RESEARCH: Elephant trunks use extreme suction to suck up water quickly: faster than a human sneeze

Extreme suction helps elephants suck up water quickly, and to hold water and food in their trunks. Extreme suction enables elephants to inhale water at speeds nearly 30 times faster than humans exhale air during a sneeze.

New Scientist magazine, on 2 June 2021, announced recent research results on the effectiveness of elephants using extreme suction. Elephants use their trunks, which weigh more than 100 kilograms (220 pounds), in a variety of ways: to forage through vegetation for food, to drink, and even as a snorkel when wading through deep water.

To better understand the trunk in action, scientist Andrew Schulz at the Georgia Institute of Technology in America, and his colleagues, filmed a 34-year-old female African Savannah Elephant (Loxodonta africana) while she completed a series of tests at a zoo in Atlanta.

Continue reading “RESEARCH: Elephant trunks use extreme suction to suck up water quickly: faster than a human sneeze”

What is the difference between the Brazilian Tapir and the Malayan Tapir?

What is the difference between the Brazilian or Lowland Tapir (Tapirus terrestris) and the Malayan Tapir (Tapirus indicus)? 

The Brazilian Tapir and the Malayan Tapir are both ungulate (hoofed) mammals in the Tapiridae family of tapirs and bush cows. They are related to the horse and the rhinoceros.

Continue reading “What is the difference between the Brazilian Tapir and the Malayan Tapir?”

Asian Elephant

The Asian Elephant (Elephas maximus) is a large land mammal.

The Asian Elephant has grey, almost hairless, wrinkled skin over its body. Its nose is a long trunk, its ears are fan-like flaps, and its tail is short. It has small dark eyes, a small mouth, and large forward and upturned ivory tusks. Females usually do not have tusks, but might have barely visible tushes (seen only when the mouth is open).

Its legs are thick with large pads for feet. Its front feet have a round sole, and the hind (back) feet have an oval-shaped sole. Its feet have distinct nail-like structures on each foot.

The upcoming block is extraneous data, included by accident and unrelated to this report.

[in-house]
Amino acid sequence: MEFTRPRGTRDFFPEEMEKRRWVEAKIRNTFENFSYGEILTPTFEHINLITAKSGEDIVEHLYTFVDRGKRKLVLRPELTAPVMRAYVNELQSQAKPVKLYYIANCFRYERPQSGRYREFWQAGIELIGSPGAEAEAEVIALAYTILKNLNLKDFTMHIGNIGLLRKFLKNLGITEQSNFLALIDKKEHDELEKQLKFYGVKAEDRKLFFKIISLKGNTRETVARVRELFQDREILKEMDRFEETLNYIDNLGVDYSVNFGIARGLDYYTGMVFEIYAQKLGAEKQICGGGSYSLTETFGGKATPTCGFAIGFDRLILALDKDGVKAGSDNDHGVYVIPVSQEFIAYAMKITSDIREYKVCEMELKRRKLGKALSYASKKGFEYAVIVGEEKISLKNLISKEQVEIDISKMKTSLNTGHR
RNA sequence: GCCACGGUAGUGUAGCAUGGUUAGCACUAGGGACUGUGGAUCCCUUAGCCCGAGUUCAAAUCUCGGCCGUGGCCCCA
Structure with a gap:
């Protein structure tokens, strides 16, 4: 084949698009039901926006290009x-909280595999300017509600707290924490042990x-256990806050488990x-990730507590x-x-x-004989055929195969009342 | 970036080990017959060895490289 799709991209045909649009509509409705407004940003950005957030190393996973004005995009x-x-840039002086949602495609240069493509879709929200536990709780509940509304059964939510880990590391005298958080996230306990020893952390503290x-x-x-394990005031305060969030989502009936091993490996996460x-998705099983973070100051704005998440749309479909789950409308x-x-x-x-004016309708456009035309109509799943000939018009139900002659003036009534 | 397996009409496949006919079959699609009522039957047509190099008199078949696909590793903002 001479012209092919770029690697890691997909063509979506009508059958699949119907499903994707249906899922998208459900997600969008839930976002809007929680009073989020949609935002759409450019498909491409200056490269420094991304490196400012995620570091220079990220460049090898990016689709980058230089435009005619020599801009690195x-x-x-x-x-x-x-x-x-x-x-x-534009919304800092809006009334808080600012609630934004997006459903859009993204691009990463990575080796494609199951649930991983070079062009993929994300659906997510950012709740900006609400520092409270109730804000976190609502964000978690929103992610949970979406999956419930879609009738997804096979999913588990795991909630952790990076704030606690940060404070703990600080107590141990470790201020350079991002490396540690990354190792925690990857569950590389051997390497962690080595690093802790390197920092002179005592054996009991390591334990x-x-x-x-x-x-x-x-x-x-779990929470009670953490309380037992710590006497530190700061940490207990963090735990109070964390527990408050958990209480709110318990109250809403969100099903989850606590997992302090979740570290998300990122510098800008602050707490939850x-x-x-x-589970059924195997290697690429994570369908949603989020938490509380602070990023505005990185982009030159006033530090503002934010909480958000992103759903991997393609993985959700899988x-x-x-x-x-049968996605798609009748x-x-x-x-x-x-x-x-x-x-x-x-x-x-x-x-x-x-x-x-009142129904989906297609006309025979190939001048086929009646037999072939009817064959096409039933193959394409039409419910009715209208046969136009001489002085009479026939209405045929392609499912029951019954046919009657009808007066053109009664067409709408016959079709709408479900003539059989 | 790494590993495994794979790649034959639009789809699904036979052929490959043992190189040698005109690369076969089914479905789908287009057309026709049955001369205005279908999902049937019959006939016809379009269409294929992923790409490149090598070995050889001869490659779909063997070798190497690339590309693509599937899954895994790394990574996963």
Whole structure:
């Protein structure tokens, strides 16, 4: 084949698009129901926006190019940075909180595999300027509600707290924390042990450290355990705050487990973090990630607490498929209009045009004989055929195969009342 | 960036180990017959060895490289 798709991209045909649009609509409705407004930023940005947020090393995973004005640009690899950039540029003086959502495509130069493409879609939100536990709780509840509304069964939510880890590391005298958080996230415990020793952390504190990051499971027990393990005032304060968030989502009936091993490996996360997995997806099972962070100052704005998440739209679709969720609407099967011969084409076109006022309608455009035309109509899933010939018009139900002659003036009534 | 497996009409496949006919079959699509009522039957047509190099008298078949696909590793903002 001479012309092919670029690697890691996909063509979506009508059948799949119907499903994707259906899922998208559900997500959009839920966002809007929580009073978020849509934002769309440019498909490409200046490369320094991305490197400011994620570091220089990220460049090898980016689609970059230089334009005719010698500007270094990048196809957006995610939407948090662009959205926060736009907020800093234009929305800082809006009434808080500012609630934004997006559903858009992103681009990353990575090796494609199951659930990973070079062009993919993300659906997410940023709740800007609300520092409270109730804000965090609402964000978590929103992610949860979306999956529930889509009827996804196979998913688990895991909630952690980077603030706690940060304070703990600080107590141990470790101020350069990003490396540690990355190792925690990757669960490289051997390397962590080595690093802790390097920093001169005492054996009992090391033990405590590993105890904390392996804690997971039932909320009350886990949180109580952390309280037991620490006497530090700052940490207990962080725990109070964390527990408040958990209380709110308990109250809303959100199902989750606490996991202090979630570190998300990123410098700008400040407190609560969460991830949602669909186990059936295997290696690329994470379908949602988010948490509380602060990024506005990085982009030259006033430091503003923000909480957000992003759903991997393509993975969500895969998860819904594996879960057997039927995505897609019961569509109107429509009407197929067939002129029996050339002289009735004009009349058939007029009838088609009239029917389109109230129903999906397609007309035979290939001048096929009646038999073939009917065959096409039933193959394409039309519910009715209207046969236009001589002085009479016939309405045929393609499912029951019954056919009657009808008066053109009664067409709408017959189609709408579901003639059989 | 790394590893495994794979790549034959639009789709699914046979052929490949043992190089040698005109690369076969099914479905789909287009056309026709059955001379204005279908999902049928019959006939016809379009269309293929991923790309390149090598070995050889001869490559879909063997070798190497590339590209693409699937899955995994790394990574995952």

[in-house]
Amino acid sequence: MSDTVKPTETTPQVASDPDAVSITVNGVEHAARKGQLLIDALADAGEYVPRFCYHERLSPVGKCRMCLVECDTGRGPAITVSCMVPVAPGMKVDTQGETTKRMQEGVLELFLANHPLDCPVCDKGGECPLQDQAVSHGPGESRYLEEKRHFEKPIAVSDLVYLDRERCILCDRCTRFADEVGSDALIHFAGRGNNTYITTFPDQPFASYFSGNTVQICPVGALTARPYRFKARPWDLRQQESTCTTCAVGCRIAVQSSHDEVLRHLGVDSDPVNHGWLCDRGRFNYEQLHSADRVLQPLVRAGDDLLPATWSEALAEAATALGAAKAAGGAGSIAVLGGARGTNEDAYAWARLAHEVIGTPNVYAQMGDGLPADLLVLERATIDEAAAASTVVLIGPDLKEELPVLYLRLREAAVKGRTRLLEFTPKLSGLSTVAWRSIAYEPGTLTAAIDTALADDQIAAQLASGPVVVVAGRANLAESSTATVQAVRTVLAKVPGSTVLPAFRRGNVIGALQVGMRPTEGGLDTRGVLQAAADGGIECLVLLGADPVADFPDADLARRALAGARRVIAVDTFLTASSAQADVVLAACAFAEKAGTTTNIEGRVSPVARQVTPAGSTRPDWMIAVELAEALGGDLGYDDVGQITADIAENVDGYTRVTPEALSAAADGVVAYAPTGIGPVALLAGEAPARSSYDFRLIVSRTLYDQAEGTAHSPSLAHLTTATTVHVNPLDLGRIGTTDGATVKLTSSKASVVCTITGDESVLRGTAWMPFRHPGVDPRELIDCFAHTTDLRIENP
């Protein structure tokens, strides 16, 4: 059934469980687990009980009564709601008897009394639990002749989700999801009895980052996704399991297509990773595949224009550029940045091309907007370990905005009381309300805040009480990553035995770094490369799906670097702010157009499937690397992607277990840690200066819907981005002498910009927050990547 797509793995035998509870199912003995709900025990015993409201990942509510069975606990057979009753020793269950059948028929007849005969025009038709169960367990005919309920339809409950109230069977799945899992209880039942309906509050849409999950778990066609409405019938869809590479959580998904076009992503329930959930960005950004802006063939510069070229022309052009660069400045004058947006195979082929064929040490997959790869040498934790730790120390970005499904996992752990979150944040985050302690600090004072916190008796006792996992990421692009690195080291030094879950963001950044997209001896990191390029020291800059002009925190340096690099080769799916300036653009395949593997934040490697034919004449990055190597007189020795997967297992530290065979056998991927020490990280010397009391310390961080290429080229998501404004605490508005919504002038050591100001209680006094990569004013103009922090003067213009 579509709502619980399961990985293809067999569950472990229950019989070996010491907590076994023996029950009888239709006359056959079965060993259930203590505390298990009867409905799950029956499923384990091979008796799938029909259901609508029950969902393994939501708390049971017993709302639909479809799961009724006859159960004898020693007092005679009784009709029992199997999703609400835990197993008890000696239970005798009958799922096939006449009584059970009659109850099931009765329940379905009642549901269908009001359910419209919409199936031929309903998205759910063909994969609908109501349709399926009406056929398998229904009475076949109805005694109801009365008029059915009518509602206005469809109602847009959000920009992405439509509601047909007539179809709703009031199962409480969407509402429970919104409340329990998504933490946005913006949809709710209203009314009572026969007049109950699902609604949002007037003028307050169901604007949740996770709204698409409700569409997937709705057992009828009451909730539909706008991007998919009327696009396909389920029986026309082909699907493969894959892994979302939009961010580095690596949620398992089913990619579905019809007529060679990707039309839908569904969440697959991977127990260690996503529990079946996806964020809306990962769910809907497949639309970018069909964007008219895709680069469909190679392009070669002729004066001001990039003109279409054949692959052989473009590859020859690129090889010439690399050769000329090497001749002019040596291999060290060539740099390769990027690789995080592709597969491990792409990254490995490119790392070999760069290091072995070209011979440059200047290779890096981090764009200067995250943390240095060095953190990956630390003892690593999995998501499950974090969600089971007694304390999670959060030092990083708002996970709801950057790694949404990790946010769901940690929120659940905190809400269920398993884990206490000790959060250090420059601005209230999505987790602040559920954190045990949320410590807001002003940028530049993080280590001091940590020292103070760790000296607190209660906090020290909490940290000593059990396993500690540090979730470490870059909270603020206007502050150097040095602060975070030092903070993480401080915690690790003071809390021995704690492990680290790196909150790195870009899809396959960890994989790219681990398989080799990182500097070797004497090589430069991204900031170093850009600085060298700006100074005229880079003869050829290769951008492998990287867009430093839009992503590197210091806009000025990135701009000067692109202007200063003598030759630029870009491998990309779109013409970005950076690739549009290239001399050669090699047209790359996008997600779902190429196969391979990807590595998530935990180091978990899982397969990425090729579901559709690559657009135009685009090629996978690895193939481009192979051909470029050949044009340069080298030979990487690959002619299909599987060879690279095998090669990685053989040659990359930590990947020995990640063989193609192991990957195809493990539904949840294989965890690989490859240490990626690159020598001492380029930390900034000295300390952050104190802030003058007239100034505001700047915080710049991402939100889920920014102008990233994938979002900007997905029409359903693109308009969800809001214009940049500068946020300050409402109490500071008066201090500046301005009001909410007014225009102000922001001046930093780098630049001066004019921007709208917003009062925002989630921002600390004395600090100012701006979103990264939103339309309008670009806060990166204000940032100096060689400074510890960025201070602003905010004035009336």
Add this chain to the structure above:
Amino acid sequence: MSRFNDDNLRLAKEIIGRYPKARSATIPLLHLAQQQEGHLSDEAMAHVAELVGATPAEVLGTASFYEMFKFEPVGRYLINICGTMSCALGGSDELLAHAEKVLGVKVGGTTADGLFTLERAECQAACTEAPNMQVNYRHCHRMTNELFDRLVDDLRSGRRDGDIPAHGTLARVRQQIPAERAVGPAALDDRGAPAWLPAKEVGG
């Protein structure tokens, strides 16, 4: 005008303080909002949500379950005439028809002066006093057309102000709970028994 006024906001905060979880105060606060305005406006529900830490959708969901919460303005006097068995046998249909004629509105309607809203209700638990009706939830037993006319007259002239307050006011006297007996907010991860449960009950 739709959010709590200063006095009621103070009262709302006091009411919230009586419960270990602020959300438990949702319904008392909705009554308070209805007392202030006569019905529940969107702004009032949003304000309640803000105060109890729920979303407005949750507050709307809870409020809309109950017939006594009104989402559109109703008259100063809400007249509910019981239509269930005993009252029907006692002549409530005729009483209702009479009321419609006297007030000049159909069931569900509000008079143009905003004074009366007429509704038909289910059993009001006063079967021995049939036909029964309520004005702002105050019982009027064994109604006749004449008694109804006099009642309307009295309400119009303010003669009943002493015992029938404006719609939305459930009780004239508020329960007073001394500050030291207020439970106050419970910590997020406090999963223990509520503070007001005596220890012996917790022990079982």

Continue reading “Asian Elephant”

African Elephant

The African Elephant (Loxodonta africana) is the largest land mammal on Earth.

The African Elephant has grey, almost hairless, wrinkled skin over its massive body. Its nose is a long trunk, its ears are large fan-like flaps, and its tail is short with a tuft of dark hair at the end. It has small dark eyes, a small mouth, and large forward and upturned ivory tusks. Both males and females have tusks, but female tusks are smaller.

Its legs are thick with large pads for feet. Its front feet have a round sole, and the hind (back) feet have an oval-shaped sole.

Continue reading “African Elephant”

Malayan Tapir

The Malayan Tapir (Tapirus indicus) is also called the Asian Tapir, and is the largest of all the tapirs. It is related to horses and rhinoceroses. It is an ungulate (hoofed) mammal.

The Malayan Tapir is black with a dull-white strip of fur from its shoulders to its tail. It has a short prehensile trunk (like an elephant’s trunk but much shorter). Its trunk can grab branches and leaves or pick fruit from trees. It has a low crest of hair from the crown down the back of the neck. Its round, dark ears have white edges. Its tail is short and stubby.

They have hoofed feet (hooves). They have four toes on their front feet and three toes on their back feet.

Continue reading “Malayan Tapir”

Brazilian Tapir

The Brazilian Tapir (Tapirus terrestris) is a mammal in the Tapiridae family. It is also called the South American Tapir, the Amazon Tapir, and the Lowland Tapir. It is the largest land mammal in the Amazon. It is related to horses and rhinoceroses. It is an ungulate (hoofed) mammal.

The Brazilian Tapir is dark brown, with a paler face. It has a short prehensile trunk (like an elephant’s trunk but much shorter). Its trunk can grab branches and leaves or pick fruit from trees. It has a low crest of hair from the crown down the back of the neck. Its round, dark ears have white edges. Its tail is short and stubby.

Continue reading “Brazilian Tapir”